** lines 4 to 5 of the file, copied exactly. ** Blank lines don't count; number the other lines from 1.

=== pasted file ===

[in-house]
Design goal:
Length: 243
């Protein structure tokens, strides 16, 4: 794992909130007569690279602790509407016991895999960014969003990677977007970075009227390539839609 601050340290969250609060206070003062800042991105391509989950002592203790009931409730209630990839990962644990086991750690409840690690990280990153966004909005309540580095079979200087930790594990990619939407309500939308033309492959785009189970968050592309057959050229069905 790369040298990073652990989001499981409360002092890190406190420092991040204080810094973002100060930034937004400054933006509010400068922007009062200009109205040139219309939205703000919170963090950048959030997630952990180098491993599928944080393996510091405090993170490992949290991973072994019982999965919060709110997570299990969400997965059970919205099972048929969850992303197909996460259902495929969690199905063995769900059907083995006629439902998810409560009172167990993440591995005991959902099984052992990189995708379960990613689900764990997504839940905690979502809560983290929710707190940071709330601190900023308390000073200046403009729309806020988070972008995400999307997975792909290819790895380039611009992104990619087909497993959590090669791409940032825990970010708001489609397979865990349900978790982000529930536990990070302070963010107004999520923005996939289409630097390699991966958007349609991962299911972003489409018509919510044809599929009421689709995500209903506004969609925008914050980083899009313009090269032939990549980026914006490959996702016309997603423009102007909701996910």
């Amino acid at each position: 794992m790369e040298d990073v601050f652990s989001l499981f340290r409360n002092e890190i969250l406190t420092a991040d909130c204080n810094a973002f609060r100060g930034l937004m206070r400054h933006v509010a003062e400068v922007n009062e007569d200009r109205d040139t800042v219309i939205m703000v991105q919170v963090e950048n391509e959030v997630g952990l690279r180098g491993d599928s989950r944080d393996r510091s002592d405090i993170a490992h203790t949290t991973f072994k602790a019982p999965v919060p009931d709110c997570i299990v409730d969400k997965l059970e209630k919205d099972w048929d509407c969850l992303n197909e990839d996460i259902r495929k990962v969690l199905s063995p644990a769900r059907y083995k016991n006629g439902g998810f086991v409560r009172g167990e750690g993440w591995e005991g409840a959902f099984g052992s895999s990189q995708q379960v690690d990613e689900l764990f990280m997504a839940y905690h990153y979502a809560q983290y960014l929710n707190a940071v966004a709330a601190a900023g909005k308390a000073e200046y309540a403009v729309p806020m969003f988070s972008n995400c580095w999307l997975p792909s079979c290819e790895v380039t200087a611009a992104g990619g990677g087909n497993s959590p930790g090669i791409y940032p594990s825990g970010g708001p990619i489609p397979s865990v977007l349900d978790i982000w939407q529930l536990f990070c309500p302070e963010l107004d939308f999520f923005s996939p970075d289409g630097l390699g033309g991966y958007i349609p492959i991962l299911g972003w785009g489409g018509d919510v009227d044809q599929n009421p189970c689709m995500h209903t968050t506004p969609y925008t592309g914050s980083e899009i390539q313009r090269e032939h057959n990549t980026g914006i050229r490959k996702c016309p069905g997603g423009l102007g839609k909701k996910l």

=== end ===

């Protein structure tokens, strides 16, 4: 794992909130007569690279602790509407016991895999960014969003990677977007970075009227390539839609 601050340290969250609060206070003062800042991105391509989950002592203790009931409730209630990839990962644990086991750690409840690690990280990153966004909005309540580095079979200087930790594990990619939407309500939308033309492959785009189970968050592309057959050229069905 790369040298990073652990989001499981409360002092890190406190420092991040204080810094973002100060930034937004400054933006509010400068922007009062200009109205040139219309939205703000919170963090950048959030997630952990180098491993599928944080393996510091405090993170490992949290991973072994019982999965919060709110997570299990969400997965059970919205099972048929969850992303197909996460259902495929969690199905063995769900059907083995006629439902998810409560009172167990993440591995005991959902099984052992990189995708379960990613689900764990997504839940905690979502809560983290929710707190940071709330601190900023308390000073200046403009729309806020988070972008995400999307997975792909290819790895380039611009992104990619087909497993959590090669791409940032825990970010708001489609397979865990349900978790982000529930536990990070302070963010107004999520923005996939289409630097390699991966958007349609991962299911972003489409018509919510044809599929009421689709995500209903506004969609925008914050980083899009313009090269032939990549980026914006490959996702016309997603423009102007909701996910």
């Amino acid at each position: 794992m790369e040298d990073v601050f652990s989001l499981f340290r409360n002092e890190i969250l406190t420092a991040d909130c204080n810094a973002f609060r100060g930034l937004m206070r400054h933006v509010a003062e400068v922007n009062e007569d200009r109205d040139t800042v219309i939205m703000v991105q919170v963090e950048n391509e959030v997630g952990l690279r180098g491993d599928s989950r944080d393996r510091s002592d405090i993170a490992h203790t949290t991973f072994k602790a019982p999965v919060p009931d709110c997570i299990v409730d969400k997965l059970e209630k919205d099972w048929d509407c969850l992303n197909e990839d996460i259902r495929k990962v969690l199905s063995p644990a769900r059907y083995k016991n006629g439902g998810f086991v409560r009172g167990e750690g993440w591995e005991g409840a959902f099984g052992s895999s990189q995708q379960v690690d990613e689900l764990f990280m997504a839940y905690h990153y979502a809560q983290y960014l929710n707190a940071v966004a709330a601190a900023g909005k308390a000073e200046y309540a403009v729309p806020m969003f988070s972008n995400c580095w999307l997975p792909s079979c290819e790895v380039t200087a611009a992104g990619g990677g087909n497993s959590p930790g090669i791409y940032p594990s825990g970010g708001p990619i489609p397979s865990v977007l349900d978790i982000w939407q529930l536990f990070c309500p302070e963010l107004d939308f999520f923005s996939p970075d289409g630097l390699g033309g991966y958007i349609p492959i991962l299911g972003w785009g489409g018509d919510v009227d044809q599929n009421p189970c689709m995500h209903t968050t506004p969609y925008t592309g914050s980083e899009i390539q313009r090269e032939h057959n990549t980026g914006i050229r490959k996702c016309p069905g997603g423009l102007g839609k909701k996910l």